I had hoped to have another one crossed off the list by now, but I’ve read even less in March than I expected to, and I haven’t started the final book in the Elemental Blessings quartet yet. It’s high on my priorities list, though.

I keep looking at Preacher, sitting at one of nine, and thinking, should I tackle that this year? I’ve read enough graphic novels know I’m not a huge fan of the format, and they require a bit more mental work from me than reading plain text. And I’m aware the subject matter is, how should I say this?…intense. But it felt good to get through all of Saga, and all of the Sandman works, so it’s also on my radar.

Less controversial for me: I’m probably going to buy myself the fifth Memoirs of Lady Trent novel for my upcoming birthday, I’ve really been looking forward to that one.

I’ll check back in near the end of June with more progress!

This Week, I Read… (2021 #10)

#31 – Cards of Grief, by Jane Yolen

  • Mount TBR: 30/100
  • Rating: 4/5 stars

After skimming some other reviews to help me collect and organize my thoughts about this intriguing but mildly unsatisfying book, I see I’m far from the only one who got strong Ursula K. Le Guin vibes from the anthropological approach to science fiction displayed here.

I do think I’m maybe the only one (or at least one of a very few) to also feel like this is, in one aspect, reminiscent of Guy Gavriel Kay as well; most of my favorite works of his place a thematic emphasis on the intertwining of music/poetry and nostalgia/memory, so this fictional culture of memorializing the departed through art, turning mourning into a high calling, feels like an extension of his ideas taken to a sci-fi extreme.

I couldn’t help but like this, when it reminded me so strongly of two favorite authors, but that did mean I have less grasp on Yolen’s authorial voice itself. This is the first and only novel of hers I’ve ever heard of, and it came to me by random recommendation online; I’m somewhat surprised to see other reviewers alternately decrying this “first adult novel” of hers as poor compared to her works for younger readers, because I think this is really good!

But not entirely without flaw. I think the way she writes about sex in this culture is strong in some ways but weak in one in particular: the structure of both their fertility cycle and their political power leads inevitably to a very different attitude towards intercourse, which I think is great, but also there’s very little evidence of consent between the parties involved. The Queen summons men to her who are basically compelled to go, and it’s implied they’re not always willing; and then in one specific instance of another issue, a man tells of a time when he takes a younger man to bed as a “punishment,” and while it’s not couched with the sort of brutality the word “rape” often brings to mind, both the age difference and the power imbalance (prince and farm boy, basically) imply that the younger man simply could not have said no, but he didn’t really say yes, either.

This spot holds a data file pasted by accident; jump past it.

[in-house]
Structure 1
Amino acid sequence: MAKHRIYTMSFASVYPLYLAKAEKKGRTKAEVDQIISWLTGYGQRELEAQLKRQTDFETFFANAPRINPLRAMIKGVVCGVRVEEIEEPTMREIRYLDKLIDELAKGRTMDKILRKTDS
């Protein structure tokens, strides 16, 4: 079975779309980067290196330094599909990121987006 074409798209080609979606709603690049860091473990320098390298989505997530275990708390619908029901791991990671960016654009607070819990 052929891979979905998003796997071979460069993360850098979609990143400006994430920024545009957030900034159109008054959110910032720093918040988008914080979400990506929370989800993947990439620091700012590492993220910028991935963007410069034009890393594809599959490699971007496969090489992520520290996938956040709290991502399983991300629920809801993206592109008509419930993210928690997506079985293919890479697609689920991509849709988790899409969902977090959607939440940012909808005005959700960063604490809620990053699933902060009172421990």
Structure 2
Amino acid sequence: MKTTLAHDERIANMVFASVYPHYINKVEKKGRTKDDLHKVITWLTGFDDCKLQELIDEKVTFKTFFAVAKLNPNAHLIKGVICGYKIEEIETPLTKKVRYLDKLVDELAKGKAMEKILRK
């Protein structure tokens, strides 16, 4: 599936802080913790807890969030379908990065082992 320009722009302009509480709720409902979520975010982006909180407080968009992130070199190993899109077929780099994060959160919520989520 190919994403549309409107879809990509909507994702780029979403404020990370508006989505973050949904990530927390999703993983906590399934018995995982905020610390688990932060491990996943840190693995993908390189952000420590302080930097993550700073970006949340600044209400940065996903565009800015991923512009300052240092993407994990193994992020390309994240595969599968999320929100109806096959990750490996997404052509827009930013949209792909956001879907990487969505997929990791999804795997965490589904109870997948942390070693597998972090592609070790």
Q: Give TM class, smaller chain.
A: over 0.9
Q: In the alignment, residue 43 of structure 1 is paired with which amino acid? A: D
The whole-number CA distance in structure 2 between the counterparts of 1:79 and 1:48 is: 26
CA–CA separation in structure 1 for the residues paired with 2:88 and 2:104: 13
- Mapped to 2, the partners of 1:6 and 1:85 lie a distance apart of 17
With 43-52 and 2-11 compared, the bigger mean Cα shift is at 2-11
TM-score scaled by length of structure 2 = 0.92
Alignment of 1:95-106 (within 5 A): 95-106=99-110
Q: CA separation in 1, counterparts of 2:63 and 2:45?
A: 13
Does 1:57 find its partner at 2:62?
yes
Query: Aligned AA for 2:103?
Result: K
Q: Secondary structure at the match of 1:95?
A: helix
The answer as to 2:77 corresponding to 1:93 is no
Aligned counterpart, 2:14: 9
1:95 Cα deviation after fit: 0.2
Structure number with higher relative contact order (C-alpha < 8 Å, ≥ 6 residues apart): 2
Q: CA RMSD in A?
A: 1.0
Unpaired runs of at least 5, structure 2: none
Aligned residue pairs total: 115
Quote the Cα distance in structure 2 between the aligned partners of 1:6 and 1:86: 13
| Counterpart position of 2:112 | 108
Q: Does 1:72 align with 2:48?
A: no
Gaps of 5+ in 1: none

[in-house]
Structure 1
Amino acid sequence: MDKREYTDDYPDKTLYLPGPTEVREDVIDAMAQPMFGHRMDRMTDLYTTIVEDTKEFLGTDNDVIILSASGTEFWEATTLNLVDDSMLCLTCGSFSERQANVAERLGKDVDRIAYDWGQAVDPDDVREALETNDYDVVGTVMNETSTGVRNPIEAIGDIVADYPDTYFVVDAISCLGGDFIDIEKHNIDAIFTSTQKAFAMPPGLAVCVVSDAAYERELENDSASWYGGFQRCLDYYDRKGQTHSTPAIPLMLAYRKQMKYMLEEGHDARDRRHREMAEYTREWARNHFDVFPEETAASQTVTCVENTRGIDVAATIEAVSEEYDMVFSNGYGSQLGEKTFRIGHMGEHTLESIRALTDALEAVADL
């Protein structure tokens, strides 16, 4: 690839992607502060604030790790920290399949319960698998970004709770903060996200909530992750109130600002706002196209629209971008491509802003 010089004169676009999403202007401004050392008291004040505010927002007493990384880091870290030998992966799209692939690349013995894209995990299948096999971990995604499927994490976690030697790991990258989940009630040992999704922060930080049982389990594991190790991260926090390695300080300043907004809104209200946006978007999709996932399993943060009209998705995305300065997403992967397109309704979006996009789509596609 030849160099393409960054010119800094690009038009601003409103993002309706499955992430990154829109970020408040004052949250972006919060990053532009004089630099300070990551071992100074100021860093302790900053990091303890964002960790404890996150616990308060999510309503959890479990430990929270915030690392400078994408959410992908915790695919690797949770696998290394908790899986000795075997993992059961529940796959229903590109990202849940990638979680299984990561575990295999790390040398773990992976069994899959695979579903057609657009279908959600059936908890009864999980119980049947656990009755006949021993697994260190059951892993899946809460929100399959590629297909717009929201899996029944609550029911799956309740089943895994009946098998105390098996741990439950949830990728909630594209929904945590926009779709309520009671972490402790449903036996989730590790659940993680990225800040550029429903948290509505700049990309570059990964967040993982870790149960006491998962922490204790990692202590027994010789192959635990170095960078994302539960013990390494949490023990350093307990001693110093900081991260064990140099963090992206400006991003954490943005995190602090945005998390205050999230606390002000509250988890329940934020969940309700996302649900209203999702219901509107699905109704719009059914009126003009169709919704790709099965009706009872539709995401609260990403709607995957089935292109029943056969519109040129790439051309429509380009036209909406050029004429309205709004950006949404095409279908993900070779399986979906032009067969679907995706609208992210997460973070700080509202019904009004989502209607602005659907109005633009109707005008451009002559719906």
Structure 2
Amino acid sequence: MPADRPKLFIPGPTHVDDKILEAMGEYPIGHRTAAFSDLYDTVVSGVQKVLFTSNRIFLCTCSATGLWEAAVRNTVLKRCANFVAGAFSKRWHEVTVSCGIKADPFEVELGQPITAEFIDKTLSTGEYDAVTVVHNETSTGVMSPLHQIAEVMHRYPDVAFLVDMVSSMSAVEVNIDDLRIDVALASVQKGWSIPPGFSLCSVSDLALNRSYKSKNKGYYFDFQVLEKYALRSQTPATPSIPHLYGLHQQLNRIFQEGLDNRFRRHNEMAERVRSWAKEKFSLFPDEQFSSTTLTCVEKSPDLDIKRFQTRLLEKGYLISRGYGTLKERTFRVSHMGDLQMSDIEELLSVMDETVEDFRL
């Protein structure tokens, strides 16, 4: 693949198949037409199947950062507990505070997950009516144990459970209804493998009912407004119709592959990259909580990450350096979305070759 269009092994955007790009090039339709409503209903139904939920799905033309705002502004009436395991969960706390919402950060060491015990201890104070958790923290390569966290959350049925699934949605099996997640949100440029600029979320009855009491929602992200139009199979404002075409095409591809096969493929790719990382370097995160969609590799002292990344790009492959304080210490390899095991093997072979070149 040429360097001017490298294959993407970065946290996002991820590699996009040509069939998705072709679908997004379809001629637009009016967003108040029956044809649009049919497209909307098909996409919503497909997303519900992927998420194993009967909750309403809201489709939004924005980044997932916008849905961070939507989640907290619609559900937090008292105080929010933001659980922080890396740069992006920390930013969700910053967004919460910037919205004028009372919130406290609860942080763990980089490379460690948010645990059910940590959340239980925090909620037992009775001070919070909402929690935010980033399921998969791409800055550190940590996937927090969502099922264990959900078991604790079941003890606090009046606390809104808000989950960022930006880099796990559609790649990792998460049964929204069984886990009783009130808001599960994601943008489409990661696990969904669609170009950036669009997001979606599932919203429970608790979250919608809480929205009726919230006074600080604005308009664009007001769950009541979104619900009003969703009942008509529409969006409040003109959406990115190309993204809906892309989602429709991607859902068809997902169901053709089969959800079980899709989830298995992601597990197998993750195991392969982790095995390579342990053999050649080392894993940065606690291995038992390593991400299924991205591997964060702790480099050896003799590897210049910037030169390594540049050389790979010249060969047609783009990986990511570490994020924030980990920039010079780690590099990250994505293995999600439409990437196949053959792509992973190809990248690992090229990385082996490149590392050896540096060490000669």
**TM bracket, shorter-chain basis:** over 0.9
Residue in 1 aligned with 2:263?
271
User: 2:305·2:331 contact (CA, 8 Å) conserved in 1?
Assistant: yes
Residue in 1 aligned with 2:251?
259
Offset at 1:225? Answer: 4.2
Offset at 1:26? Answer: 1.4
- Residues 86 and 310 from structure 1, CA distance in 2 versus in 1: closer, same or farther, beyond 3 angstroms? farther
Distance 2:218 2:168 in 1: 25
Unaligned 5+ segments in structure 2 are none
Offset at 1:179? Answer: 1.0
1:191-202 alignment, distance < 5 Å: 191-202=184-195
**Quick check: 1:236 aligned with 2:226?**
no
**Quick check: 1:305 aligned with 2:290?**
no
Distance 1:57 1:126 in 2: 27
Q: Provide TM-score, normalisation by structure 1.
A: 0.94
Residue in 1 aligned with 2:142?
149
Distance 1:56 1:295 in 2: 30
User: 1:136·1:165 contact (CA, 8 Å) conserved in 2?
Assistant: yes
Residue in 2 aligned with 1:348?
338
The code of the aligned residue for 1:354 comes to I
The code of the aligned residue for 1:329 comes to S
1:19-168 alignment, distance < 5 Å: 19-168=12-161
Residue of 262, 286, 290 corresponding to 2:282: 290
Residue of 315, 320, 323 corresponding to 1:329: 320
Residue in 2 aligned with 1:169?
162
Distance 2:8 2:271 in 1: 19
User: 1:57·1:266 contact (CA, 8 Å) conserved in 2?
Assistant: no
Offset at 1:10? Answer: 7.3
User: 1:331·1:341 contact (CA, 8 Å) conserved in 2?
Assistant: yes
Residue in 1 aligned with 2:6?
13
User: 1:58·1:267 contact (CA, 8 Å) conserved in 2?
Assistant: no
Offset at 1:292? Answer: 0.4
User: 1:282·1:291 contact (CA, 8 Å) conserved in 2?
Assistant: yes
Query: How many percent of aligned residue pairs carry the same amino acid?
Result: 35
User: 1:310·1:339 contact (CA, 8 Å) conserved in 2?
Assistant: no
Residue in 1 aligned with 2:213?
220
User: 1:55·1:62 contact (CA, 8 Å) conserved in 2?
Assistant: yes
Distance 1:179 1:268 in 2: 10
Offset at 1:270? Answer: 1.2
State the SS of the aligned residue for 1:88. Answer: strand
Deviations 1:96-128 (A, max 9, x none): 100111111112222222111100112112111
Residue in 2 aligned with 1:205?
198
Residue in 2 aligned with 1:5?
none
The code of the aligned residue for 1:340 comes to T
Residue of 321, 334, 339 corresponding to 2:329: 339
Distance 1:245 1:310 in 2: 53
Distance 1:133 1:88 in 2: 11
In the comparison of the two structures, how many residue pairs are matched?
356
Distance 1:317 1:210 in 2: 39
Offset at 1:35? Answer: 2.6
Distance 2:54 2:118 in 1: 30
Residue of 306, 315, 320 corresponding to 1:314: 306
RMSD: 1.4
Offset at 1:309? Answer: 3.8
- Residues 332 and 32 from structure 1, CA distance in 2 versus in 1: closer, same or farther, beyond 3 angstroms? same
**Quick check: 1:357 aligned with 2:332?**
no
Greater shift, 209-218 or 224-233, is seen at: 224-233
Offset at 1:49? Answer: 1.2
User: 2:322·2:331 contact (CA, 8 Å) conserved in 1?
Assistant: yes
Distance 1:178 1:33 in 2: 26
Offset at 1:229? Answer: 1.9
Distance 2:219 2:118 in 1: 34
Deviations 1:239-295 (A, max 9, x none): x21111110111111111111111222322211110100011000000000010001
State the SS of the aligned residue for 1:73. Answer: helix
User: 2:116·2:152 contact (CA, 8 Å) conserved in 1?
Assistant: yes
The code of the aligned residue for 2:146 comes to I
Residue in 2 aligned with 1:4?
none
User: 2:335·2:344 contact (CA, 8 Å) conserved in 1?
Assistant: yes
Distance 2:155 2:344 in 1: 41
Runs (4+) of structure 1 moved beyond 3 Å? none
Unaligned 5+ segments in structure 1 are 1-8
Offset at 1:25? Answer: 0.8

From an anthro/sci-fi standpoint, I understand that fictional cultures can have other attitudes towards sex and consent, but that doesn’t mean it’s not uncomfortable to read at times when their attitudes conflict with my moral compass, and I think the text could have done more to acknowledge the issue, rather than skating by it quickly whenever it comes up, and having the human visitors fail to notice or comment on it (even among themselves, because they wouldn’t bring it up to the aliens because of a non-interference directive.)

My other issue is actually the ending, the very final chapter, and without spoiling things, I just didn’t grok it, to borrow a term from another bit of classic sci-fi. In some ways it’s a departure from the message of the rest of the book, and ultimately for me it didn’t feel like it was enough to wrap up the story. I wouldn’t want this book to be padded out with filler, but even so, it could have been longer, and gone a little deeper into the culture, explained a bit more, and taken more time at the end to finish the story. I’m finding it difficult to explain what I mean, to describe exactly how I feel unsatisfied by it, because sometimes I’m able to detail quite well what I found lacking in a piece of media. (My husband and I spent half an hour last night pulling apart the weaknesses we found in the series finale of a certain show we’ve been watching lately, and neither of us had any trouble identifying the problem spots.) But here, I’m left with a vague sense of unfinished-ness, and that’s detracting from my appreciation of the rest of the book, which I found so interesting.

Down the TBR Hole #40

Down the TBR Hole is a (very) bookish meme, originally created by Lia @ Lost In A Story. She has since combed through all of her TBR (very impressive) and diminished it by quite a bit, but the meme is still open to others! How to participate:

  • Go to your Goodreads to-read shelf
  • Order by Ascending Date Added
  • Take the first 5 (or 10 if you’re feeling adventurous) books. Of course if you do this weekly, you start where you left off the last time.
  • Read the synopses of the books
  • Decide: keep it or let it go?

My owned-and-unread book total is down to 136! And most of that is digital, finally, I had a serious “bought too many books at library bag sales” problem for a few years. However, my master TBR is still hovering in the mid 400’s, and I’m sure not all of those books need to be on the list anymore. What can I do about that today?